Day Two, Intangible Heritage – UNESCO Asia Pacific Mayors’ Forum for World Heritage Cities

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 A key theme for the second day of the forum looked at protection of the authenticity of heritage places. We looked at issues such as: when does tourism become a problem for heritage – taking away its authenticity and integrity instead of conserving and enhancing it.

This included an interesting discussion on the links between tangible and intangible heritage. Tangible heritage includes the built heritage we normally think of – the monuments and buildings etc we can see and touch. In contrast, intangible heritage is the culture and people and customs that make a place.

But a clear agreement that emerged is that tangible heritage becomes much more meaningful and authentic when its intangible heritage is still practiced in that place.

It is easy to think of places where the tangible built heritage remains but the intangible heritage has gone leaving the place feel more like a museum or a Disneyland than a real place. For example, in Venice where tourists in the peak season out number residents 60 to 1 it is hard to spot a Venetian! Similarly, the recent world heritage listing of the village of Lijiang, China has meant that most of the residents (the very people that made the ancient village so interesting and unique) were forced out by high rental prices and the conversion of residents to short-term accommodation and souvenir shops. It is now a place where tourists just see other tourists more than an authentic village.

To bring this to the fore we visited the oldest historic village in Korea. Yangdong Village is a world heritage site which has been occupied by the same family since the 15th century. While it was very interesting, as well as beautiful, it was hard not to think that these families in Yangdong were also treated a little like museum pieces that acted for the tens of thousands of tourists that watched them “in everyday life”. It seemed more caricature that heritage to me perhaps because it lacked authenticity and integrity.

What are the implications of this for Fremantle? The challenge for Fremantle is that while our tangible built heritage is now well protected – our unique old buildings alone don’t’ make Fremantle the special place it is. We also need to protect Fremantle’s intangible heritage. For me this is a place of diverse people, people who value culture and the arts and sustainability. A part of our heritage is that we are like a big village. We are a bit alternative, we know each other in the streets and look out for the less advantaged in our community and like to do things a little differently to the rest of Perth.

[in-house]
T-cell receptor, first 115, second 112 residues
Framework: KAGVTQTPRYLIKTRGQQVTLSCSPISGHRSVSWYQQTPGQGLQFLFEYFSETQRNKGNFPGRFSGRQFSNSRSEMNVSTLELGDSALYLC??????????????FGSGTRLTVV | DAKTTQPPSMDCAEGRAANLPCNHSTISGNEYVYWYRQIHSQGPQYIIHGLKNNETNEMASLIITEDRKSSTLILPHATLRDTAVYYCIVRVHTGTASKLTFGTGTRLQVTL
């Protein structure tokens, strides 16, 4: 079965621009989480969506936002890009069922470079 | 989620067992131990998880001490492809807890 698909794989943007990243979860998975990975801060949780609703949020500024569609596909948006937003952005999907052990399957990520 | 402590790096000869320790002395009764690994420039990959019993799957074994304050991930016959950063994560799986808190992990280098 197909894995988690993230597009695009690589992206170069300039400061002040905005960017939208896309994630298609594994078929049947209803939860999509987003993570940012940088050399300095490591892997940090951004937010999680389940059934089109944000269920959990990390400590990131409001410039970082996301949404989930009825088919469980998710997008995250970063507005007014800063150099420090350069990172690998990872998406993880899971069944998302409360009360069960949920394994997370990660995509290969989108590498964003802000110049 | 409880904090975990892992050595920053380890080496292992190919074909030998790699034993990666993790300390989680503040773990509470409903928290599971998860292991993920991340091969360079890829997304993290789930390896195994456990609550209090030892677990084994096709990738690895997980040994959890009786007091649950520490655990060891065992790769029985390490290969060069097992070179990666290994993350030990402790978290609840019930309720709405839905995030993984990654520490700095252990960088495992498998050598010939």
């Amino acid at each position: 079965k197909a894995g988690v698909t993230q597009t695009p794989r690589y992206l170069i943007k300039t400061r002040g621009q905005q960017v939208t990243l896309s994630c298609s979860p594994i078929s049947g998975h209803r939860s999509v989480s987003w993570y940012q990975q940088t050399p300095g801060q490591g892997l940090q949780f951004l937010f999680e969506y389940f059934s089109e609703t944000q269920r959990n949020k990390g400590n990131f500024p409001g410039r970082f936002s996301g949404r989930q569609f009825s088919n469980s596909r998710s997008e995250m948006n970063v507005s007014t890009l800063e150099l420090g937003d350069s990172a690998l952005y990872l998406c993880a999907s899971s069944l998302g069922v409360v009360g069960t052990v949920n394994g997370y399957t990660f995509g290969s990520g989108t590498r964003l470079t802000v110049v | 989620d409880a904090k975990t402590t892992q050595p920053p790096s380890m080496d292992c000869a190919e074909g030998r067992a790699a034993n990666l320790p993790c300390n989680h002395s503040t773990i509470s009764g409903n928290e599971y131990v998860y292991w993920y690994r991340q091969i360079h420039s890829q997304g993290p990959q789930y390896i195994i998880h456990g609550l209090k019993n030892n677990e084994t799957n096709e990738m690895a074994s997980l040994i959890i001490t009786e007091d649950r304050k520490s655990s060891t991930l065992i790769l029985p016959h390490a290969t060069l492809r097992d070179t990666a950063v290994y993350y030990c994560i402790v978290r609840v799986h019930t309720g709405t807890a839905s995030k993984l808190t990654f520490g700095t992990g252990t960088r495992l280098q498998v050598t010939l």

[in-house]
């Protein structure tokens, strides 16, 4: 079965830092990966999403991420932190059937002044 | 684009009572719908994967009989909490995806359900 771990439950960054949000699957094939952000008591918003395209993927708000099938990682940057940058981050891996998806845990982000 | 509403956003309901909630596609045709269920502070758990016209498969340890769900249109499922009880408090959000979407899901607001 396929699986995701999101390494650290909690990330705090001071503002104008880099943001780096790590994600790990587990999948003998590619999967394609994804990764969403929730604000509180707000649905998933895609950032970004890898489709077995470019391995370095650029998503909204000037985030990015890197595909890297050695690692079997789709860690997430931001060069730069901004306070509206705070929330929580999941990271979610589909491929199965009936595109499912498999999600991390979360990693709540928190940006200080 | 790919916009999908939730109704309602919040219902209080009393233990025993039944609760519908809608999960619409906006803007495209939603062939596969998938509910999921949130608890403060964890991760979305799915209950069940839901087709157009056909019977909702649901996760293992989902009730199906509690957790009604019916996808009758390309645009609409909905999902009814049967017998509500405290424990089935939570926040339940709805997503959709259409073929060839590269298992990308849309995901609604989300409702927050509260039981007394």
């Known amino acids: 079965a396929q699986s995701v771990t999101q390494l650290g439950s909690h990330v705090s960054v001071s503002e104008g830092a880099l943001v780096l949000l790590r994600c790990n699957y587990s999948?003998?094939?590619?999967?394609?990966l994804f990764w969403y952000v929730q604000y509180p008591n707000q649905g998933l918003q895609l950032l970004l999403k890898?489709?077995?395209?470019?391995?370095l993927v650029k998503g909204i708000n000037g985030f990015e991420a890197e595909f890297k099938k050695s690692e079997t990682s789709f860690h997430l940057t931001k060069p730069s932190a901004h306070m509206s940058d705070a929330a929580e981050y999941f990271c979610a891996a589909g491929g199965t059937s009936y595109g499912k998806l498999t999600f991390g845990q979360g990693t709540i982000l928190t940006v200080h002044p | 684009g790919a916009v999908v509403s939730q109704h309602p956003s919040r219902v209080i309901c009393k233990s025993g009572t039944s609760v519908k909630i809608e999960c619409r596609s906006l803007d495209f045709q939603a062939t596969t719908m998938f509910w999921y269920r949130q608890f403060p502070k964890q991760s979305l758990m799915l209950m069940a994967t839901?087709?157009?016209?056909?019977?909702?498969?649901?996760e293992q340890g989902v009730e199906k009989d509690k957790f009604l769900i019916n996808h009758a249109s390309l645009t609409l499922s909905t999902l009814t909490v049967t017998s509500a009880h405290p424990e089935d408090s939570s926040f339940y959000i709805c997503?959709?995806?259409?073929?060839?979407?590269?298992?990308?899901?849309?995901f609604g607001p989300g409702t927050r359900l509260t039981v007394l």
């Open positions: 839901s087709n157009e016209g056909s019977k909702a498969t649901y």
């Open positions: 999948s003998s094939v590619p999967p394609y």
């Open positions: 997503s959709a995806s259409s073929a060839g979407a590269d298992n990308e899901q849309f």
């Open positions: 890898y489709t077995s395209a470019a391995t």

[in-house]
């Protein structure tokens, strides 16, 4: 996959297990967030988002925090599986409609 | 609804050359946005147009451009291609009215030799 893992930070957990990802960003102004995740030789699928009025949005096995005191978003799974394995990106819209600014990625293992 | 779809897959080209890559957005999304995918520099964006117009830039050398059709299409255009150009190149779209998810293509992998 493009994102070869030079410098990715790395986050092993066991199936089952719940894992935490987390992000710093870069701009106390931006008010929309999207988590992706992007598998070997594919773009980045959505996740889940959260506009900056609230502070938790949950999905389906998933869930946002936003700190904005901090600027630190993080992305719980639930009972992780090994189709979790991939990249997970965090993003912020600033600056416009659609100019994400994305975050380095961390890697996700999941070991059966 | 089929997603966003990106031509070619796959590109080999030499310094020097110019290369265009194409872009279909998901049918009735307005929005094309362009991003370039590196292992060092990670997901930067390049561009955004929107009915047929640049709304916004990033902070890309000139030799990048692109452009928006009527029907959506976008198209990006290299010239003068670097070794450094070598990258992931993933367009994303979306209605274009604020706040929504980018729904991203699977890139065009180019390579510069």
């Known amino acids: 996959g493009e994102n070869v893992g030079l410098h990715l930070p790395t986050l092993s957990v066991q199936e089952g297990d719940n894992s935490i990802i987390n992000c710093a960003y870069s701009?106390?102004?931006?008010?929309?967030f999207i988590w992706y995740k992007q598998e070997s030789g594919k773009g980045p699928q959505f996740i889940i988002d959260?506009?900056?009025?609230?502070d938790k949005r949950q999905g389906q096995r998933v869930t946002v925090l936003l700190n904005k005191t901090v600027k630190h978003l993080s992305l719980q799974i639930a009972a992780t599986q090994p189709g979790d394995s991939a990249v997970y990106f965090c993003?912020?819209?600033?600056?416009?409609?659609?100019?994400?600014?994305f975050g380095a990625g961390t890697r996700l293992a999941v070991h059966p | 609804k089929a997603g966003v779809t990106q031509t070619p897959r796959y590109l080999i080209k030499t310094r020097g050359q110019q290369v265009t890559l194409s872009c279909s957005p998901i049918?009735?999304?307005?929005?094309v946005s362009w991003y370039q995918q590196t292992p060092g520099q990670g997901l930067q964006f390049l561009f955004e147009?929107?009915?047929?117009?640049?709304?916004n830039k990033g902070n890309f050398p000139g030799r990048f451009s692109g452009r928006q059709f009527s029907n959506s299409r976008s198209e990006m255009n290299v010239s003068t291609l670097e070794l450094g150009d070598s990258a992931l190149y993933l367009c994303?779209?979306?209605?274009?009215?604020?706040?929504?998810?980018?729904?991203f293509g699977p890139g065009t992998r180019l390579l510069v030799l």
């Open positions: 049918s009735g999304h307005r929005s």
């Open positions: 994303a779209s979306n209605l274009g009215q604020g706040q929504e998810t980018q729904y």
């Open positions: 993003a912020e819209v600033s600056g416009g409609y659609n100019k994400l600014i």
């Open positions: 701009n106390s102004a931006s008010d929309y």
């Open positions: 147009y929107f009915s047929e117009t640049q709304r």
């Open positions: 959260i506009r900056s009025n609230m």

This intangible heritage of diversity and difference requires special protections too but they aren’t as easy and defined as protecting old buildings. But it is possible and includes making sure Fremantle is a place in which there is affordable housing, in which artists can live and work, in which we continue to be leaders in social and environmental policy.

So day two of the forum focused on a debate that is relevant to Fremantle. It was clear that the most successful heritage cities are really living cities that provide a unique and authentic experience for a wide range of people – both tourists and residents.

I finished the day’s formalities with a Mayoral group photo and a one on one meeting with the Mayor of Gyeongju. I received a beautiful gift of 24 carat gold oversized heritage ear rings from him. The City of Fremantle gave him in return a photo of Fremantle’s by a local Freo photographer and a Freo book. Now I just have to work out how the get these huge ear rings home!

About Mayor of Fremantle Brad Pettitt's blog
City of Fremantle Mayor

One Response to Day Two, Intangible Heritage – UNESCO Asia Pacific Mayors’ Forum for World Heritage Cities

  1. freoview says:

    I like the intangible heritage aspect and we should be very aware of it when we change things in Fremantle. Fos example is not the Crooks family living at Arthur Head part of that intangible heritage after 18 years and if so why would we force them to leave to make way for artists?
    Tourists love that family and their cats and take heaps of photos of the cottages and things around it, and the love talking to the kids.

    Roel Loopers

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